Either the event, or time reference, can be listed first.
4y this time next week, will have been working here for two years.
0e will have been living here for a year on September ;
3n September ;
, we will have been living here for a year.
Irregular verbs
Past Participle

Person Singular
(he! she! it)
Present Participle "
$e +Is"am"are) 0as.0ere 4een s 4eing
$eat 4eat 4eaten 4eats 4eating
$ecome 4ecame 4ecome 4ecomes 4ecoming
$egin 4egan 4egun 4egins 4eginning
$ite 4it 4itten 4ites 4iting
$leed 4led 4led 4leeds 4leeding
$rea% 4roke 4roken 4reaks 4reaking
$ring 4rought 4rought 4rings 4ringing
$uild 4uilt 4uilt 4uilds 4uilding
$urn 4urnt 4urnt 4urns 4urning
$u& 4ought 4ought 4uys 4uying
Catch 9aught 9aught 9atches 9atching
Choose 9hose 9hosen 9hooses 9hoosing
Come 9ame 9ome 9omes 9oming
Cost 9ost 9ost 9osts 9osting
Cut 9ut 9ut 9uts 9utting
'o <id <one <oes <oing
'ra( <rew <rawn <raws <rawing
'ream <reamt <reamt <reams <reaming
'rin% <rank <runk <rinks <rinking
'rive <rove <riven <rives <riving
)at %te Eaten Eats Eating
Fall 8ell 8allen 8alls 8alling
Feel 8elt 8elt 8eels 8eeling
Fight 8ought 8ought 8ights 8ighting
Find 8ound 8ound 8inds 8inding
Fl& 8lew 8lown 8lies 8lying
Forget 8orgot 8orgotten 8orgets 8orgetting
Free*e 8ro=e 8ro=en 8ree=es 8ree=ing
#et 5ot 5ot 5ets
Past Participle

Person Singular
(he! she! it)
Present Participle "
#ive 5ave 5iven 5ives 5iving
#o 0ent 5one.4een 5oes 5oing
#ro( 5rew 5rown 5rows 5rowing
+ave Had Had Has Having
+ear Heard Heard Hears Hearing
+ide Hid Hidden Hides Hiding
+it Hit Hit Hits Hitting
+old Held Held Holds Holding
+urt Hurt Hurt Hurts Hurting
,eep >ept >ept >eeps >eeping
,neel >nelt.>neeled >nelt.>neeled >neels >neeling
,no( >new >nown >nows >nowing
-a& ?aid ?aid ?ays laying
-ead ?ed ?ed ?eads ?eading
-earn ?earnt.?earned ?earnt.?earned ?earns ?earning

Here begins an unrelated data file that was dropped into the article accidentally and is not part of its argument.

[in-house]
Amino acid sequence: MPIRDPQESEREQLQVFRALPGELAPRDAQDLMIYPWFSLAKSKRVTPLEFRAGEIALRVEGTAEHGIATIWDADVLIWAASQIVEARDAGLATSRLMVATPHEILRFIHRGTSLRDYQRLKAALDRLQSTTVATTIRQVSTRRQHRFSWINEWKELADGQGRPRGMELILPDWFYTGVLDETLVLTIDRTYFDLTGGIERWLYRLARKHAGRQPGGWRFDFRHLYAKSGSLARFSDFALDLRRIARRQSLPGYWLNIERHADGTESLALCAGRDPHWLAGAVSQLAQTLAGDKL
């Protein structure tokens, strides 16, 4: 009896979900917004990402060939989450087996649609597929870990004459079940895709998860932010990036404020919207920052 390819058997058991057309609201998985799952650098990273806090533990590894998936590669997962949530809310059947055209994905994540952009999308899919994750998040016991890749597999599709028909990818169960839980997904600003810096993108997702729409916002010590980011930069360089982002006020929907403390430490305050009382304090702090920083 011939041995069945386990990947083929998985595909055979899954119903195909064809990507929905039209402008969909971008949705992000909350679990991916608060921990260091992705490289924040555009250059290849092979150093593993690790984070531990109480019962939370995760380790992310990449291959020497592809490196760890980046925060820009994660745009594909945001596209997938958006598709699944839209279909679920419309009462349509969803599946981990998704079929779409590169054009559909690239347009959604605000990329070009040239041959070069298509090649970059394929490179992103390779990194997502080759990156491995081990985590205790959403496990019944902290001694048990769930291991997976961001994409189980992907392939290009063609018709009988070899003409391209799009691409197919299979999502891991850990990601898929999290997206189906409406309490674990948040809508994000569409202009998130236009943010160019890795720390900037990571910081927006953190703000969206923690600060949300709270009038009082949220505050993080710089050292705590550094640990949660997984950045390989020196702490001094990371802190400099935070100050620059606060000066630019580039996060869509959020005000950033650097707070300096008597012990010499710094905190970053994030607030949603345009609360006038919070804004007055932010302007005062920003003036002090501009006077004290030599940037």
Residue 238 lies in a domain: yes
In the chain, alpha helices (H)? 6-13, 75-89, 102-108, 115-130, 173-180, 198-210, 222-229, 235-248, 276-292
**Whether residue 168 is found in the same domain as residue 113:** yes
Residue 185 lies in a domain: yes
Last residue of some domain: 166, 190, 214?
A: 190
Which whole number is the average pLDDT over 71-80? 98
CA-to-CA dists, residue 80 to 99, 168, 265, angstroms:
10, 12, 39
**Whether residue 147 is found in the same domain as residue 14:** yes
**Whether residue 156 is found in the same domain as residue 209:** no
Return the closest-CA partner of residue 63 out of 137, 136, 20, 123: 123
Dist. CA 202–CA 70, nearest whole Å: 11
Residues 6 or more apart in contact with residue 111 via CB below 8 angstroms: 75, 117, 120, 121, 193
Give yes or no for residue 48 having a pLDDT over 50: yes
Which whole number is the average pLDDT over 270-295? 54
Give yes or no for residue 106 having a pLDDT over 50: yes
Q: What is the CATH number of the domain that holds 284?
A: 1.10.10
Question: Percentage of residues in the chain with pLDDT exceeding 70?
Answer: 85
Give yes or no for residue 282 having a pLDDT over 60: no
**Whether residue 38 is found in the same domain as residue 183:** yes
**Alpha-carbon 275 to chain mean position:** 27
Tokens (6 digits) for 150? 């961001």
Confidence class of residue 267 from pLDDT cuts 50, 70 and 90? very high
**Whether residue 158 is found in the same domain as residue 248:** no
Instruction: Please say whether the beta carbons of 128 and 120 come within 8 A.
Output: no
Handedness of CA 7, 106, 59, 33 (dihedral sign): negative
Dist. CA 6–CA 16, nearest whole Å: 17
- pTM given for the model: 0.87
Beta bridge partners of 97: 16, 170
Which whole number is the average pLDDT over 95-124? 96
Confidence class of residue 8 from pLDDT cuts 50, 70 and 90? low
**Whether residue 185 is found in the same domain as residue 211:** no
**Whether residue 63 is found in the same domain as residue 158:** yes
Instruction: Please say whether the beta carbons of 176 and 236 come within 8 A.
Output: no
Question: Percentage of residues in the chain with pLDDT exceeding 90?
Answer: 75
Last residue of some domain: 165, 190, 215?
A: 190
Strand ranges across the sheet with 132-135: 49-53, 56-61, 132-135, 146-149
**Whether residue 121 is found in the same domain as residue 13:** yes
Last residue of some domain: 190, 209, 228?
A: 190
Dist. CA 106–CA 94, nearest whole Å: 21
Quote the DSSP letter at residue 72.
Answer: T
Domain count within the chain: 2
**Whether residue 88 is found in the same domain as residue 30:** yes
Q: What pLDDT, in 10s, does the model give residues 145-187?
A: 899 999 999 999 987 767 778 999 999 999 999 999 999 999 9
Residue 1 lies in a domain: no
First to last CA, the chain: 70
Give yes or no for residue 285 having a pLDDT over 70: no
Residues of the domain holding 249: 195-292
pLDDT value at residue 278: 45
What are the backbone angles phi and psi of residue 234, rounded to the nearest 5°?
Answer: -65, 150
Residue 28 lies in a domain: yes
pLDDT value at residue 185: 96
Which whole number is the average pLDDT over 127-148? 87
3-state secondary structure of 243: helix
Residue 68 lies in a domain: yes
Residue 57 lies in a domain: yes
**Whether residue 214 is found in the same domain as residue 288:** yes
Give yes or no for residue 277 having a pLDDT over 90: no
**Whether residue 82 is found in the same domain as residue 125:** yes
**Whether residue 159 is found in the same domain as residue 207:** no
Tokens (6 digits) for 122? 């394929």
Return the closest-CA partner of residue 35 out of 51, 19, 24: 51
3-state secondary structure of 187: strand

-eave ?eft ?eft ?eaves ?eaving
-end ?ent ?ent ?ends ?ending
-et ?et ?et ?ets ?etting
-ose ?ost ?ost ?oses ?osing
.a%e :ade :ade :akes :aking
.ean :eant :eant :eans :eaning
.eet :et :et :eets :eeting
Pa& @aid @aid @ays @aying
Put @ut @ut @uts @utting
/ead Aead Aead Aeads Aeading
/ide Aode Aidden Aides Aiding
/ing Aang Aung Aings Ainging
/un Aan Aun Auns Aunning
Sa& Said Said Says Saying
See Saw Seen Sees Seeing
Sell Sold Sold Sells Selling
Past Participle

Person Singular
(he! she! it)
Present Participle "
Send Sent Sent Sends Sending
Set Set Set Sets Setting
Sha%e Shook Shaken Shakes Shaking
Shine Shone Shone Shines Shining
Sho( Showed Shown Shows Showing
Shut Shut Shut Shuts Shutting
Sing Sang Sung Sings Singing
Sit Sat Sat Sits Sitting
Sleep Slept Slept Sleeps Sleeping
Smell Smelt.Smelled Smelt.Smelled Smells Smelling
So( Sowed Sown Sows Sowing
Spea% Spoke Spoken Speaks Speaking
Spell Spelt.Spelled Spelt.Spelled Spells Spelling
Spend Spent Spent Spends Spending
Spoil Spoilt.Spoiled Spoilt.Spoiled Spoils Spoiling
Stand Stood Stood Stands Standing
Steal Stole Stolen Steals Stealing
S(im Swam Swum Swims Swimming
Ta%e Took Taken Takes Taking
Teach Taught Taught Teaches Teaching
Tell Told Told Tells Telling
Thin% Thought Thought Thinks Thinking
Thro( Threw Thrown Throws Throwing
0a%e 0oke 0oken 0akes 0aking
0ear 0ore 0orn 0ears 0earing
0in 0on 0on 0ins 0inning
0rite 0rote 0ritten 0rites 0riting
These are the most common irregular verbs, although there
are other less common ones.
8or regular verbs, )ust add an ...ed to the present tense +!",
for both the past +!#, and the past participle +!$,.